‘The Best Parts of Being a Lawyer’

    January 7, 2020

    In August 2017, after her nomination by President Donald Trump and unanimous confirmation by the U.S. Senate, Beth Williams ’04 became assistant attorney general for the Office of Legal Policy in the U.S. Department of Justice. At HLS, she was president of the Harvard Federalist Society. Williams recently received a top award from the Harvard Federalist Society and was designated a 2019 D.C. Rising Star by The National Law Journal. The Bulletin interviewed Williams in the fall.

  • Marvin Ammori presenting

    A Legal Warrior in the Field of Technology

    January 7, 2020

    Marvin Ammori ’03, a net neutrality advocate, explores the power of the decentralized web

  • Rya Zobel in judges robes stands in the hallway of the court with her law clerks

    ‘Not Pollyanna’

    January 7, 2020

    Judge Rya Zobel ’56 of the U.S. District Court for the District of Massachusetts was among 23 women appointed in 1979 to the federal judiciary, more than double the number of women appointed as federal judges in the previous 190 years. In a group of pioneering women lawyers, her journey to the federal bench was perhaps the most remarkable.

  • Outdoor sunset painting

    HLS Authors: Selected Alumni Books Winter ’20

    January 7, 2020

    From Imani Perry’s “Breathe” to Ben Shapiro’s “The Right Side of History”

  • Nasredeen Abdulbari sworn in as Sudan's Minister of Justice

    Pursuing justice, freedom and peace

    January 7, 2020

    Nasredeen Abdulbari LL.M. ’08 discusses the significant role he has now undertaken as Sudan's Minister of Justice. In September, he was sworn in as Minister of Justice in the cabinet of Sudan’s new Prime Minister, Abdalla Hamdok.

  • Benet Magnuson stands at a podium.

    To Serve Better: Benet Magnuson ’09

    December 23, 2019

    When Benet Magnuson joined Kansas Appleseed in 2013 as its executive director he pretty much had only himself to supervise. But within a couple of years the social justice nonprofit had a dozen staffers working all over the state.

  • Glenn Cohen with Chris Bavitz at Petrie-Flom Center General Counsel Roundtable

    Health care general counsels explore pressing health policy and legal issues at Harvard Law School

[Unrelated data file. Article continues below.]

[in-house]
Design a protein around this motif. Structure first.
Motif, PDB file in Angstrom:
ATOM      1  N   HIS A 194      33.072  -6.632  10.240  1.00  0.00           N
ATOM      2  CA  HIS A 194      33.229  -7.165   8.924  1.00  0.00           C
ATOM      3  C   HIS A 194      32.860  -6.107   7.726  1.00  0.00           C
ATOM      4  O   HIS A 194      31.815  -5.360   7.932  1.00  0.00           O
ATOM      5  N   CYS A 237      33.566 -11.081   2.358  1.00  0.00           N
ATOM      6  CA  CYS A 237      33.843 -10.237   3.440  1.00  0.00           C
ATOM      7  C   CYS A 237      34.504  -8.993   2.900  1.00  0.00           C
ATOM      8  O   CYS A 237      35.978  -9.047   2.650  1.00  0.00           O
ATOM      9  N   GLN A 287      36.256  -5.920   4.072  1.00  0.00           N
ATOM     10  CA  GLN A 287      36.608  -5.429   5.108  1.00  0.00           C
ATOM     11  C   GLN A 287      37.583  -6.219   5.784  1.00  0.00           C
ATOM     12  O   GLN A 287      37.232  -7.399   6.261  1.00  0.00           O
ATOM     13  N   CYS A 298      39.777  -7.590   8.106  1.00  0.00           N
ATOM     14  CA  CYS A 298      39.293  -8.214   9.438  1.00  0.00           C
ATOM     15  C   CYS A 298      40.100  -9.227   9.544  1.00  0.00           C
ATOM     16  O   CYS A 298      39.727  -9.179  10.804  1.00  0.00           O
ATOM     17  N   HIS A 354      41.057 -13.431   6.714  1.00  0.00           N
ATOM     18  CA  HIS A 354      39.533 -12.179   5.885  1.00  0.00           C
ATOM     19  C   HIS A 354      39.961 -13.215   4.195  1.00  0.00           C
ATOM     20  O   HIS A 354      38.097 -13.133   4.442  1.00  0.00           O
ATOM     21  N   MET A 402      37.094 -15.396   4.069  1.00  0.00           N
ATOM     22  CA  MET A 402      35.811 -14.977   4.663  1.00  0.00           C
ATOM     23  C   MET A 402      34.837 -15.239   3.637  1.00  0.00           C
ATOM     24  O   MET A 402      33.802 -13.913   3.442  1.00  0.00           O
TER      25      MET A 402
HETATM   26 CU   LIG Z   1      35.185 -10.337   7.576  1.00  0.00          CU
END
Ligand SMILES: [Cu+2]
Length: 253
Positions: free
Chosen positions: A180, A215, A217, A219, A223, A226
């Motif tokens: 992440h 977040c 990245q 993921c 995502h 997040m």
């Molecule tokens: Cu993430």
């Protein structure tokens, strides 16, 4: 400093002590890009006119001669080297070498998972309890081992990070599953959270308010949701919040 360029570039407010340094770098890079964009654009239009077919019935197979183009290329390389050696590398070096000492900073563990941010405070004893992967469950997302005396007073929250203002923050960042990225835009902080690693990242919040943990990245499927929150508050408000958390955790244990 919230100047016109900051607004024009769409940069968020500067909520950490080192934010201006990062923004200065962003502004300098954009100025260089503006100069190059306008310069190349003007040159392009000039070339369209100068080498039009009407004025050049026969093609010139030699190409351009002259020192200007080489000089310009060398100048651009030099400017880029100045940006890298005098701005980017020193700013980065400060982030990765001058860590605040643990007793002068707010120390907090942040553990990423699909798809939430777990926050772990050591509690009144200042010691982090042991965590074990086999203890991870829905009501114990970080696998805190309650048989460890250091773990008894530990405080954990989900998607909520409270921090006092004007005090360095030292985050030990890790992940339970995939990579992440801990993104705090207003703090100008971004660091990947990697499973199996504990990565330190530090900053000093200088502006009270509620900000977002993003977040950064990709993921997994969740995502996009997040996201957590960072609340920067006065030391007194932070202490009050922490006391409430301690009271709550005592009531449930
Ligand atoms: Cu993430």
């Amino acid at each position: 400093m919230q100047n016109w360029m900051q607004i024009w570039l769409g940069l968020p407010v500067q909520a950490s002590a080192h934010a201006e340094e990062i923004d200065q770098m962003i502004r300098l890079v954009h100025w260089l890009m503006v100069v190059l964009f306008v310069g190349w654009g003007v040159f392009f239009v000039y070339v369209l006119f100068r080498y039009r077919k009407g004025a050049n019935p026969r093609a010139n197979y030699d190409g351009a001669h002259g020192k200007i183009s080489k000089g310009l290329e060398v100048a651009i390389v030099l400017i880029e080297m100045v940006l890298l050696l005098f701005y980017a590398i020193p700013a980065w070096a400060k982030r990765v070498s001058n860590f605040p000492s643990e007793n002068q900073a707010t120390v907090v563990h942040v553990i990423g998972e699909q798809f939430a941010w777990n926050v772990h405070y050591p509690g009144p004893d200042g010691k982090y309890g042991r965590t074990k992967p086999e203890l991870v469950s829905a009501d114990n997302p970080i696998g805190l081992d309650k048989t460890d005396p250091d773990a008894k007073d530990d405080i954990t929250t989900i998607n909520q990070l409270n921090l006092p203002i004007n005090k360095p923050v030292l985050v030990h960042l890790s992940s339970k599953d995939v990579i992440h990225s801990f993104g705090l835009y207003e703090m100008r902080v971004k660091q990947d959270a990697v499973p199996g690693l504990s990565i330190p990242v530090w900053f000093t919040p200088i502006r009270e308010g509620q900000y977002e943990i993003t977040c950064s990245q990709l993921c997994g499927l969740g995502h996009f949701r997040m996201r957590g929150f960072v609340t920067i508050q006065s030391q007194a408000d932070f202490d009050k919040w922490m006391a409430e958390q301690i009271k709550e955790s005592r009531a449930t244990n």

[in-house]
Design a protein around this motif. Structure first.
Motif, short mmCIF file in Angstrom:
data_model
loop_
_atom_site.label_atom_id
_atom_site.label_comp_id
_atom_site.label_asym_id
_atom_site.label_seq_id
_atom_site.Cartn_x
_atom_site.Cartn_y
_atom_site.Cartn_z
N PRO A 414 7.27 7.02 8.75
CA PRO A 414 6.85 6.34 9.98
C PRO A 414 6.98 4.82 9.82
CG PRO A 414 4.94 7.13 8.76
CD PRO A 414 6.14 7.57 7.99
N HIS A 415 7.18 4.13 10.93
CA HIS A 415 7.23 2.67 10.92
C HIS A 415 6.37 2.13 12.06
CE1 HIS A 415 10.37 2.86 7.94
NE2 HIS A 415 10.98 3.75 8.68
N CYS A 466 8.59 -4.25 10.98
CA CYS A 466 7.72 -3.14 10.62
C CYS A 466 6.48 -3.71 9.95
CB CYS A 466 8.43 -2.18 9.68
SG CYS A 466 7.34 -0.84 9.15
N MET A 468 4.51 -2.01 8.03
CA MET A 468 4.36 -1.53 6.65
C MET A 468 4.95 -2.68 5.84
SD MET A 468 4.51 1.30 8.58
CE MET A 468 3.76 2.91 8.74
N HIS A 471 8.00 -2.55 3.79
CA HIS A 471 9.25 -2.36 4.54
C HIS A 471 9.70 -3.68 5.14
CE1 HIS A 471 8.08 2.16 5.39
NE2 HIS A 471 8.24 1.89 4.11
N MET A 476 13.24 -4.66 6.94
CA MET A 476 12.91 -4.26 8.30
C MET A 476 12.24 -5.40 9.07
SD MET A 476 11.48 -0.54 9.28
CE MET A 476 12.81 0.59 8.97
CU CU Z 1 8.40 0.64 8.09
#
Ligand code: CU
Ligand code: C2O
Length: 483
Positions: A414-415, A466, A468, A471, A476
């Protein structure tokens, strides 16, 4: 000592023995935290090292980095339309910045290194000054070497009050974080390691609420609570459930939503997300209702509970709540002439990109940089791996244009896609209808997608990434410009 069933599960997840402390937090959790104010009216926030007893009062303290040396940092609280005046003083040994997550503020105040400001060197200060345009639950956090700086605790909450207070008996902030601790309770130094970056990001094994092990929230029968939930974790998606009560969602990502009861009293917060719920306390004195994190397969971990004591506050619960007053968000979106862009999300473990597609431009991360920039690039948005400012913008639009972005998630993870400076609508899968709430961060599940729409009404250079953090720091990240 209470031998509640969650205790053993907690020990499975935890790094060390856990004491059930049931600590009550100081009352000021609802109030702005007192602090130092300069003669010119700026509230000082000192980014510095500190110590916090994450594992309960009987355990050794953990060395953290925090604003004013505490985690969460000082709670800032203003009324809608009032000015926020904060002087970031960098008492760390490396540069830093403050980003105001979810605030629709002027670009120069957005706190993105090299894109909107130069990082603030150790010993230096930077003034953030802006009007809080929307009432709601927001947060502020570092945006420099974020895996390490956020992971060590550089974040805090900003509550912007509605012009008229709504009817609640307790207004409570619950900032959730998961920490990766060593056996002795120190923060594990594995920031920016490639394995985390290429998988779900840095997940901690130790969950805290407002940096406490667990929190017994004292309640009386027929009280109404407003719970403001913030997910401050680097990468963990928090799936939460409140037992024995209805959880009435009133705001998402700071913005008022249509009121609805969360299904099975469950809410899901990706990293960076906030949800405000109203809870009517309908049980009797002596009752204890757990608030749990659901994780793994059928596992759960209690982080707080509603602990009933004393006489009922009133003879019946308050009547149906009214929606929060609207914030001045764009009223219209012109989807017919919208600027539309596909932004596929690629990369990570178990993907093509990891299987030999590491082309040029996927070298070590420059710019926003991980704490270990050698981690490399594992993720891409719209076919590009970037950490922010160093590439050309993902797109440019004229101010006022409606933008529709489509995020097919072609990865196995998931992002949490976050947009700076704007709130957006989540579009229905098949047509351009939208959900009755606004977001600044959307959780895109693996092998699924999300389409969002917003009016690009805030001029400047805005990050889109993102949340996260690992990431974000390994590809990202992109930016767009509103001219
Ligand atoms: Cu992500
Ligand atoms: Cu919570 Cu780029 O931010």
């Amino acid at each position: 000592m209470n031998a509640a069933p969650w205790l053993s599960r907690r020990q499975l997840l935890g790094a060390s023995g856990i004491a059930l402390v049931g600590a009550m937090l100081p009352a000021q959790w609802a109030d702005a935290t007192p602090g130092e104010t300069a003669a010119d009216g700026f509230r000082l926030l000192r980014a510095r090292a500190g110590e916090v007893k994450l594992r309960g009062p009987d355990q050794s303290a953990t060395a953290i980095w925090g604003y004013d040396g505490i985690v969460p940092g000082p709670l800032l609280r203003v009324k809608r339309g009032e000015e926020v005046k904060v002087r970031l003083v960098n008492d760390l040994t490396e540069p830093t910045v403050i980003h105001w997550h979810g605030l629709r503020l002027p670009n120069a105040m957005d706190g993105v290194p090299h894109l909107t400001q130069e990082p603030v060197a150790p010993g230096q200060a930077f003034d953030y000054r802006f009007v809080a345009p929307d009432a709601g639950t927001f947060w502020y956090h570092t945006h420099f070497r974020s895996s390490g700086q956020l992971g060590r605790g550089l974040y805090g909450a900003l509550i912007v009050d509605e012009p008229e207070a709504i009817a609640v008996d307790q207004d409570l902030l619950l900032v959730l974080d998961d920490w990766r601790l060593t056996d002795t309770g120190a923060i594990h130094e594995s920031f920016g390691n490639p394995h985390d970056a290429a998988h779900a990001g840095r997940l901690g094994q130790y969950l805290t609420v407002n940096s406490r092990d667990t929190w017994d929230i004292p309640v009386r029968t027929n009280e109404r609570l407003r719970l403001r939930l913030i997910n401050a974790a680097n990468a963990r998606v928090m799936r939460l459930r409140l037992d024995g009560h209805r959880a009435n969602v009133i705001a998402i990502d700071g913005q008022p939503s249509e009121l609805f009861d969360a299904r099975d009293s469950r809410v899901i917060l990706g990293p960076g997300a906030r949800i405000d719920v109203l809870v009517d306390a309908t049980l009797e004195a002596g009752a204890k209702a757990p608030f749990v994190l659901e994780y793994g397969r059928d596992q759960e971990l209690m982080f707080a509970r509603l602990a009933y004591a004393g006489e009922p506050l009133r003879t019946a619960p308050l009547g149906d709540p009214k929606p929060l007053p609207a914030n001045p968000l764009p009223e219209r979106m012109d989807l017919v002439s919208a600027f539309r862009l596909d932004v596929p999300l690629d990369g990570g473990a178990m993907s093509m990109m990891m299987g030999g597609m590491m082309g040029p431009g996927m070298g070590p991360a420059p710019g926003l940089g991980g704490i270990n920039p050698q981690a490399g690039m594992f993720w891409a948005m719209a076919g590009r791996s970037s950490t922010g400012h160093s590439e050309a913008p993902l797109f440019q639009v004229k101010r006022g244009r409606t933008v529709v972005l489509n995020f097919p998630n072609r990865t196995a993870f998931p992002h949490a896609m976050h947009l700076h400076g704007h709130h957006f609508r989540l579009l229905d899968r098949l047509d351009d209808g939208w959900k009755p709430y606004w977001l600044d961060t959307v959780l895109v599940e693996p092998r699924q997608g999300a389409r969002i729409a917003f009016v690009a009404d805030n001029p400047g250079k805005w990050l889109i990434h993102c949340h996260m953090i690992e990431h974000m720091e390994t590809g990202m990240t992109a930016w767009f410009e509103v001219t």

December 11, 2019

    The General Counsels Roundtable helps influential health law attorneys stay on top of or even ahead of changes in health law and policy. The roundtable connects GC to experts at HLS and the broader university, while also strengthening ties between faculty and legal practice.

  • Portrait of Toby Merrill

    Toby Merrill ’11 named to the TIME 100 Next list

    November 15, 2019

    Toby Merrill '11, founder and director of the Project on Predatory Student Lending, has been named to the first-ever TIME 100 Next list, an expansion of the TIME 100 list of the most influential people in the world.

  • Haben Girma and her guide dog Maxine pictured at the University of Kansas

    In her memoir, Haben Girma ’13 recounts the challenges of being deafblind in an extraordinary environment

    November 12, 2019

    The Harvard Gazette recently published an excerpt from, "Haben: The Deafblind Woman Who Conquered Harvard Law," a memoir by Haben Girma that tells the story of her journey from isolation to the world stage.

  • Inside the Mueller inquiry and the ‘deep state’

    October 25, 2019

    In a new book, "Deep State: Trump, the FBI, and the Rule of Law," Pulitzer Prize-winning reporter James B. Stewart ’76 offers a vivid, fly-on-the-wall account of the events that led to special counsel Robert Mueller’s appointment by Rod Rosenstein ’89, and its aftermath.

  • The man who killed Jim Crow: The legacy of Charles Hamilton Houston

    September 5, 2019

    Charles Hamilton Houston was an inspiring figure in American legal history, and a sometimes controversial one as well. Both sides of his legacy were examined in a lively lecture and Q&A discussion at Harvard Law School this week, to coincide with the 124th anniversary of his birth on September 3, 1895.